JIM LEHRER: There was news today that raised hopes the recession could be ending. The Commerce Department reported economic activity was down less than expected in the second quarter.
The gross domestic product slipped 1 percent from April through June. It had fallen more than 6 percent in the first three months of the year.
The report also made clear the economy was weaker in 2008 than first reported.
At the White House, President Obama said again his stimulus policies have helped, but he said a recovery has not yet begun.
U.S. PRESIDENT BARACK OBAMA: You need to have economic growth before you have job growth. And today’s GDP is an important sign that the economy is headed in the right direction and that business investment, which had been plummeting in the last several months, is showing signs of stabilizing.
This means that eventually businesses will start growing and will start hiring again. And that’s when it will truly feel like a recovery to the American people.
JIM LEHRER: Today’s report also showed consumers pulled back on spending in the second quarter. That finding left Wall Street searching for a direction. The Dow Jones Industrial Average gained 17 points to close at 9,171, but the Nasdaq fell more than 5 points to close at 1,978. For the month, the Dow gained more than 8.5 percent; the Nasdaq rose nearly 8 percent.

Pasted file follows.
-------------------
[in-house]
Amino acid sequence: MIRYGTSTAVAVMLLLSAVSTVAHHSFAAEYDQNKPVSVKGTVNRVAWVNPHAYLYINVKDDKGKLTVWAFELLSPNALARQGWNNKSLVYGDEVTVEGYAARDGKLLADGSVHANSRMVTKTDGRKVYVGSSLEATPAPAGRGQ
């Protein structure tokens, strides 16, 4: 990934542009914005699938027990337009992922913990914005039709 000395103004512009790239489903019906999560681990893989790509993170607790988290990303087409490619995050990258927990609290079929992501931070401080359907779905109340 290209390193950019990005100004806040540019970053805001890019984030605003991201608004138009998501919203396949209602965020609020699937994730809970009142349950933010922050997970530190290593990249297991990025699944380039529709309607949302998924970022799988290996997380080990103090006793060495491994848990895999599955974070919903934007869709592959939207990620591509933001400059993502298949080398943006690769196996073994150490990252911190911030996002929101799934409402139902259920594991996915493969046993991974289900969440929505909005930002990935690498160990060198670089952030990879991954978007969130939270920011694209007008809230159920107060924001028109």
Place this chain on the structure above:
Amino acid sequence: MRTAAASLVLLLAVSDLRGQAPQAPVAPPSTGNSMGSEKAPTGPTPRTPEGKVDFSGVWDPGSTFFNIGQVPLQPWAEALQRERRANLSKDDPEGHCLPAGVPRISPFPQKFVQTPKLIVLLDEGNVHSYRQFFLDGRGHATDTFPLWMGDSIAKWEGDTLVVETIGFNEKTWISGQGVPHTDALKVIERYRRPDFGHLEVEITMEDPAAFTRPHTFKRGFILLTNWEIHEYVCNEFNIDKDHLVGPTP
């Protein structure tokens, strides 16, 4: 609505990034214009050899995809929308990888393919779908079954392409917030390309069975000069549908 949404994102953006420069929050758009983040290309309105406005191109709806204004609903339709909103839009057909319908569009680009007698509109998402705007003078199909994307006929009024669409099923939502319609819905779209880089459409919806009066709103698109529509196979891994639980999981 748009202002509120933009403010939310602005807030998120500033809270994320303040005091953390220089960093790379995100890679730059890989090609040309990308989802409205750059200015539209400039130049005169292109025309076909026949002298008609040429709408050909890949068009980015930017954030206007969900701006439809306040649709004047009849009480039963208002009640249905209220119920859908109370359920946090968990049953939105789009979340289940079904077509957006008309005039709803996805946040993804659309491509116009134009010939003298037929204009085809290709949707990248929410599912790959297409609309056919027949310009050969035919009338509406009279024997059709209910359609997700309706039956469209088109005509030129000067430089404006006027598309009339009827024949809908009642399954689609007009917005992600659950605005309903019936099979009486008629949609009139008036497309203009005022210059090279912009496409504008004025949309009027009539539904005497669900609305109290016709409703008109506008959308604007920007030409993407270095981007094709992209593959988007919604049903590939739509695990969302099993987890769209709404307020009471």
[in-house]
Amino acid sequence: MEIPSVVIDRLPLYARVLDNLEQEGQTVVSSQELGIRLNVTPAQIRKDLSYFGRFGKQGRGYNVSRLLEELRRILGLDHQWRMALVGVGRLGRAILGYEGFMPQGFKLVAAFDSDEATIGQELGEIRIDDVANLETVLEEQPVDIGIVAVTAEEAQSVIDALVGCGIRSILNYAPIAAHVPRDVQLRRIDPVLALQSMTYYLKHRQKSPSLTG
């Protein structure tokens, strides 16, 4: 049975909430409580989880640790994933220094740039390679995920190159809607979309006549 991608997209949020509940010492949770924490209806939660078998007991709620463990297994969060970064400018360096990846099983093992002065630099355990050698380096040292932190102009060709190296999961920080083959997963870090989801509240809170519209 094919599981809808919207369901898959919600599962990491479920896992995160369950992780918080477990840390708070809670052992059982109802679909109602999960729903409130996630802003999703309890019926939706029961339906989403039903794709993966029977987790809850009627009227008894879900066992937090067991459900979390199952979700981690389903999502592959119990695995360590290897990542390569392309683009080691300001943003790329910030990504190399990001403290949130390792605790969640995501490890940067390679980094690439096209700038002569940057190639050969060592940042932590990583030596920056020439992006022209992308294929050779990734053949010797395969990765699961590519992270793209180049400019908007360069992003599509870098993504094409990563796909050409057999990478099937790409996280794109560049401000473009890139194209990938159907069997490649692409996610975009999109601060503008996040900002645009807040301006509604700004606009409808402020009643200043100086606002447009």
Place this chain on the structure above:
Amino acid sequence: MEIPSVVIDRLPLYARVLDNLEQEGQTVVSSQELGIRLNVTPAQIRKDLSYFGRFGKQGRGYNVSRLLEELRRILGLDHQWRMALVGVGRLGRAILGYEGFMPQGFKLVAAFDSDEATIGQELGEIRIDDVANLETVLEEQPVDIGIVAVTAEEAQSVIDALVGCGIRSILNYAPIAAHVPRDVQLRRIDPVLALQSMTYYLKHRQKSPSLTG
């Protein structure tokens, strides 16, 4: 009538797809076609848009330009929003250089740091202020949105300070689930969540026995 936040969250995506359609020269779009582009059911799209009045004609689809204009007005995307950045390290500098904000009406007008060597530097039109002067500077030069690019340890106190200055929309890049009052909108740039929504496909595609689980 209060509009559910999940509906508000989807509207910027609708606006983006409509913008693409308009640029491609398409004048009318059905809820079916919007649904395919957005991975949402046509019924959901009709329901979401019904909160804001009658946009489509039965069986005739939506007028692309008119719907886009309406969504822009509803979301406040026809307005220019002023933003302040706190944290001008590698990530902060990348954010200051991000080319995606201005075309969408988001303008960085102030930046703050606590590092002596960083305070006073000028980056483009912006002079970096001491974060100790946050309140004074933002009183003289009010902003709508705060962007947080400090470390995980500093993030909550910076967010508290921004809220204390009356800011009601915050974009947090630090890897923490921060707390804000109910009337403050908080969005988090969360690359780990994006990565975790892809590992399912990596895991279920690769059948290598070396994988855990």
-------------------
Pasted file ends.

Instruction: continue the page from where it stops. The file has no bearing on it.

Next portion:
Now, Jeffrey Brown continues our lead story coverage of the economy.
JEFFREY BROWN: And for that, I’m joined by Stuart Hoffman, chief economist and senior vice president at PNC Financial Services, and Daniel Gross, financial columnist for Slate and senior editor at Newsweek. He wrote the magazine’s latest cover story on the state of the economy.
Stuart Hoffman, what is the GDP report telling us about economic activity now? Start with the good news.
Pulling the Economic Ripcord
STUART HOFFMAN, PNC Financial Services: Well, the good news is the economy still declined in the second quarter by 1 percent, a little less than expected.
But back in the winter quarter, late last year and the first quarter of this year, that rate of decline was around 5.5 percent to 6.5 percent. That was sort of like a freefall, the feeling like you're skydiving.
I think what happened in the second-quarter report is sort of like finally somebody pulled the ripcord, and the chute opened, and the economy is still coming down, but I think we're nearly on the ground and at the end of this -- the tail end of this very long and painful recession.
JEFFREY BROWN: And what does that mean, Stuart Hoffman, in terms of business activity? That means that they're not cutting back as much as they were? They're still cutting, perhaps, but not as much as before?